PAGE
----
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Panasonic Lumix DMC-LX3 Gordon Laing, September 2008

Panasonic Lumix DMC-LX3 results :
Outdoor resolution / Studio resolution / High ISO Noise

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Canon PowerShot G10
Panasonic Lumix DMC-LX3 vs Canon G9 vs Canon 450D / XSi outdoor scene

  To compare real-life performance we shot the same scene with the Panasonic Lumix DMC-LX3, Canon PowerShot G9 and Canon EOS 450D / XSi within a few moments of each other using their Program modes, best quality JPEG and lowest ISO settings. The lenses on each camera were adjusted to deliver the same vertical field of view.

The image left was taken with the Panasonic Lumix DMC-LX3 at 7mm f4 and with a sensitivity of 80 ISO; the original JPEG measured 4.19MB. The crops are taken from the upper left, center, lower right and lower left portions of the originals and presented here at 100%.

First things first: as you'll see here and on our Gallery page, the Lumix LX3 tends to err on underexposure, presumably to protect highlight areas from saturation. That's certainly been a wise decision here as in the first row of crops, the Canon G9's brighter exposure has resulted in blown highlights.

The LX3's crops do however look slightly dull compared to the Canon G9, and there's also optical softness in the crop of the mountain ridge from the top left corner. Punchier image processing by default is undoubtedly a factor in the G9's crisper output, but it also has a sharp lens which, with its two extra Megapixels, is definitely resolving visibly greater detail overall. This is particularly apparent in the final row of crops.

As for the Canon 450D / XSi, its default image processing (like most DSLRs) is more restrained than even an enthusiast's compact, so side by side, its results look relatively flat. But as we've seen before, the kit lens is really letting the side down here, delivering a disappointingly soft result in some areas, particular in the third row, taken from the lower right corner. Results like these prove a decent quality compact at its lowest sensitivity can deliver superior results to a DSLR when coupled with a budget lens.

But back to the compacts, where we'd say the Canon G9 delivers preferable results to the LX3 at 80 ISO (so long as you watch for blown highlights), but you may be surprised to see what happens when the sensitivity is increased. The LX3's images can also benefit from adjustments to the in-camera processing, or of course by shooting in RAW and processing later. Speaking of which, you can see a comparison of this same scene taken in RAW at the bottom of this page. Alternatively if you want to skip straight to results taken in a more controlled environment, head on to our Panasonic LX3 Studio Resolution page.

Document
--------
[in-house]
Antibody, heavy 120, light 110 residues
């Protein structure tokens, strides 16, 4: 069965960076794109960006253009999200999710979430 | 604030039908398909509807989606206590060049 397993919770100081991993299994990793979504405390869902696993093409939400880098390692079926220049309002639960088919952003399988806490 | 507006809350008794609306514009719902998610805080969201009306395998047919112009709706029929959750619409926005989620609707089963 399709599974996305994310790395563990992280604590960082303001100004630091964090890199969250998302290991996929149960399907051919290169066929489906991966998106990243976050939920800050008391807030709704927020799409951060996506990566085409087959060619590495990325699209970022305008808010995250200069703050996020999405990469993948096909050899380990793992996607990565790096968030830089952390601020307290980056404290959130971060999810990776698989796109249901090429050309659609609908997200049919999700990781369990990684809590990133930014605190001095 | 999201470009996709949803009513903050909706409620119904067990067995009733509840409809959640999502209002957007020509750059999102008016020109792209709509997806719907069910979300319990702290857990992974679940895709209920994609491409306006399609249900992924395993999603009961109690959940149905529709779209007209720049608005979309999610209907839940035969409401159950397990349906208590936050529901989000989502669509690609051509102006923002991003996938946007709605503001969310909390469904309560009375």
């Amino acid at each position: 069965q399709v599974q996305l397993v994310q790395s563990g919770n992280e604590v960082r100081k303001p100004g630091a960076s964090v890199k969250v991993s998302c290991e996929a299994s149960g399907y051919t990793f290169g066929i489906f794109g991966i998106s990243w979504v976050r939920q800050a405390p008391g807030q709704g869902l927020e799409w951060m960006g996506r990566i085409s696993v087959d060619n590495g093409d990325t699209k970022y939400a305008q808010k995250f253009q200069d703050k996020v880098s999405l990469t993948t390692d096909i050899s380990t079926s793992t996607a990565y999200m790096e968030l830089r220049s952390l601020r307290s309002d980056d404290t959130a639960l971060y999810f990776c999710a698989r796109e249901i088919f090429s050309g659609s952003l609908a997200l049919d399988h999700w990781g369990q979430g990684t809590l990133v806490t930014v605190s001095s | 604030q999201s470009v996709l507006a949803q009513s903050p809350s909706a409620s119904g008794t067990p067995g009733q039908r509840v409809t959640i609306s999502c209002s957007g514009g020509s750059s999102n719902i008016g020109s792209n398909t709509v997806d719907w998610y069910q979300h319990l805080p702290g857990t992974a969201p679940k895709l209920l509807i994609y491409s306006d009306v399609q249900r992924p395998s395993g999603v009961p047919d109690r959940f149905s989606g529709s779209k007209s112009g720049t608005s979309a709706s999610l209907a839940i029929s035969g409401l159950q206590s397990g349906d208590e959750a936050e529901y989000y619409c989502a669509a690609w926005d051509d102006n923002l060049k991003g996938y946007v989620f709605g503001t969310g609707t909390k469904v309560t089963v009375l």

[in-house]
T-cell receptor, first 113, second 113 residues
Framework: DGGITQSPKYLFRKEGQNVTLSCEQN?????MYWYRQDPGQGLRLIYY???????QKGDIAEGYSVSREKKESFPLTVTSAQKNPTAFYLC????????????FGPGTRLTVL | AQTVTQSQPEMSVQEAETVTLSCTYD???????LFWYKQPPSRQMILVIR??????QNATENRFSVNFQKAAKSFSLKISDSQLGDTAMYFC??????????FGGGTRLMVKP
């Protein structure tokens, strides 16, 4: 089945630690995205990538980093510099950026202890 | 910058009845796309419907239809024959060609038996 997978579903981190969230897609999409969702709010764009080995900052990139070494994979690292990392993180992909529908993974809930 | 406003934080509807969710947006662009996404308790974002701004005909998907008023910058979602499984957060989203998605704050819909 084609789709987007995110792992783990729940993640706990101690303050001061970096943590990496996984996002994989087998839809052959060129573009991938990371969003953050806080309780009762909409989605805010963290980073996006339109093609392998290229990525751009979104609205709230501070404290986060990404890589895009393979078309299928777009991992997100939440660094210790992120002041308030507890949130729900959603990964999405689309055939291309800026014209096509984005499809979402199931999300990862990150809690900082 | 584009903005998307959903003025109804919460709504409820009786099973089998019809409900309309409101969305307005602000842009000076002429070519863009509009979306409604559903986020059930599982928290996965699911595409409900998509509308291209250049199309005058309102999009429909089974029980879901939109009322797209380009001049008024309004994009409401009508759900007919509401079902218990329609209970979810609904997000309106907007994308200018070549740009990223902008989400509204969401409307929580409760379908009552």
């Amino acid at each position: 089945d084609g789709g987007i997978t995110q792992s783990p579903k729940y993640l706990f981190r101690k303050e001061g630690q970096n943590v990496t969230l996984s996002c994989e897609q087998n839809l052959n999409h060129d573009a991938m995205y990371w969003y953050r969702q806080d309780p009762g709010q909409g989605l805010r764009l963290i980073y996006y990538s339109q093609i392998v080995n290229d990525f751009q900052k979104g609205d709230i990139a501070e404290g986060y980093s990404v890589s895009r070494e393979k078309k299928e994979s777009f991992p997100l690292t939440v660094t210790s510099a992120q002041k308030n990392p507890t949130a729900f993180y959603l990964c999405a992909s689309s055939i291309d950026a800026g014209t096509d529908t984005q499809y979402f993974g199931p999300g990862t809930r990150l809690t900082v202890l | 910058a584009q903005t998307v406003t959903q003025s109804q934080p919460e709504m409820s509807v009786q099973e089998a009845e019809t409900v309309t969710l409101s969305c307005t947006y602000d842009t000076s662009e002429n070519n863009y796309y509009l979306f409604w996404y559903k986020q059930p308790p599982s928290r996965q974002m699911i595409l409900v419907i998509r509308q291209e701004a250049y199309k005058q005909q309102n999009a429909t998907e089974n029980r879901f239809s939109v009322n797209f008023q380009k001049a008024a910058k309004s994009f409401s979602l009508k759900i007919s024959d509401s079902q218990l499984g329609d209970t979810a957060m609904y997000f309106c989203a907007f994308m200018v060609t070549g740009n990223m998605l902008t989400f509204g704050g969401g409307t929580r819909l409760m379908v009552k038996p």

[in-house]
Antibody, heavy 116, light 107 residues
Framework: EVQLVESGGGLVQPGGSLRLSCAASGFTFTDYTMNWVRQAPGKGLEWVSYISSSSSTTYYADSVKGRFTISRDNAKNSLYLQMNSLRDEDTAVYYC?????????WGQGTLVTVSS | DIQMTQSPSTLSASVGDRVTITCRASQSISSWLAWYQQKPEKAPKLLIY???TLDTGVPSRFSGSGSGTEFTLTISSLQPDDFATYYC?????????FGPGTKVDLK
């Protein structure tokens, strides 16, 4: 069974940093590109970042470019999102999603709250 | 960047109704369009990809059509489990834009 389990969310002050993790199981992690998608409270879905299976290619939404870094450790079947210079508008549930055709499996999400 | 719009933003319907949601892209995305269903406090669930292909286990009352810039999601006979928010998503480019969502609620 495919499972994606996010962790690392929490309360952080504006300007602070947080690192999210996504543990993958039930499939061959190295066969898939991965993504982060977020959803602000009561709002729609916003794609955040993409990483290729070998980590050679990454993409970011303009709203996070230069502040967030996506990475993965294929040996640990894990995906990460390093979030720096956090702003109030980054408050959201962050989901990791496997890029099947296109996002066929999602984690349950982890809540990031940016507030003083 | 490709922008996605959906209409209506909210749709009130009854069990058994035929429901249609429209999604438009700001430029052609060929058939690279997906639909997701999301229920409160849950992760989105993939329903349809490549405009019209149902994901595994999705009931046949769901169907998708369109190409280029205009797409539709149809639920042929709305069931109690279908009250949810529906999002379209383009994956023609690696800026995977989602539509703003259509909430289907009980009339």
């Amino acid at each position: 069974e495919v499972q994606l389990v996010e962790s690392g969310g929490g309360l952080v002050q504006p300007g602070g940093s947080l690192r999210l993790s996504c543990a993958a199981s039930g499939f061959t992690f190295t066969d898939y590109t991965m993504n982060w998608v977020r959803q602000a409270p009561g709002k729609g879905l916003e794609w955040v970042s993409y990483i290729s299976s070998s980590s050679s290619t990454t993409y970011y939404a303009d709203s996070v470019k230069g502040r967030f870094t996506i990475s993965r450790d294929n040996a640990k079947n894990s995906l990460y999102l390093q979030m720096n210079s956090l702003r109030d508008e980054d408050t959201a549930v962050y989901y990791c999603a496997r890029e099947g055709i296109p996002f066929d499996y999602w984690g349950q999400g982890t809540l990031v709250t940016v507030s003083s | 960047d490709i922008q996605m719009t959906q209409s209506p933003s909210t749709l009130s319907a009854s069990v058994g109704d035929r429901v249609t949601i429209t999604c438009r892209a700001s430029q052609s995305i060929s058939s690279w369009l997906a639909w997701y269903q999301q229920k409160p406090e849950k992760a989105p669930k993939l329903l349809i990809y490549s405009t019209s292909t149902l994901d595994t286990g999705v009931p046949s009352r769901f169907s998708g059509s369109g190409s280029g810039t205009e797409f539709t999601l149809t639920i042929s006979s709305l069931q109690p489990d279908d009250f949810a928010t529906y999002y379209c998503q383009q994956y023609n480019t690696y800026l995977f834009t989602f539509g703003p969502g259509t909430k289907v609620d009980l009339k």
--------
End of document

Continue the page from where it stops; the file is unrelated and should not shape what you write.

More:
Panasonic Lumix DMC-LX3
Canon PowerShot G9
Canon EOS 450D / XSi
with Canon EF-S 18-55mm IS
f4, 80 ISO
f4, 80 ISO
f8, 100 ISO
f4, 80 ISO
f4, 80 ISO
f8, 100 ISO
f4, 80 ISO
f4, 80 ISO
f8, 100 ISO
f4, 80 ISO
f4, 80 ISO
f8, 100 ISO

Panasonic Lumix DMC-LX3: JPEG versus RAW

We photographed the scene here in the Lumix LX3's RAW plus Fine JPEG mode, allowing us to directly compare images created from exactly the same data. Below are 100% crops taken from the original JPEG file alongside the RAW version, processed with the supplied Silkypix Developer Studio 3.0SE software using its default settings.

The two samples below show significantly different approaches to image processing. The RAW file processed in Silkypix with the default settings is much more refrained and appears fuzzy in comparison. Silkypix, like most RAW developers, offers a broad range of adjustments though, and it's possible to match the in-camera JPEG style or improve on it. Some tweaking will definitely be required, but it's worth it if you want to get the best from the LX3. As always, you may also achieve better results with alternative RAW development software.

Now let's look at the Lumix LX3's resolution in a studio environment.

Panasonic Lumix DMC-LX3: JPEG
Panasonic Lumix DMC-LX3: RAW
f4, 80 ISO
f4, 80 ISO

Panasonic Lumix DMC-LX3 results continued...

Outdoor resolution / Studio resolution / High ISO Noise

All words, images, videos and layout, copyright 2005-2017 Gordon Laing. May not be used without permission.

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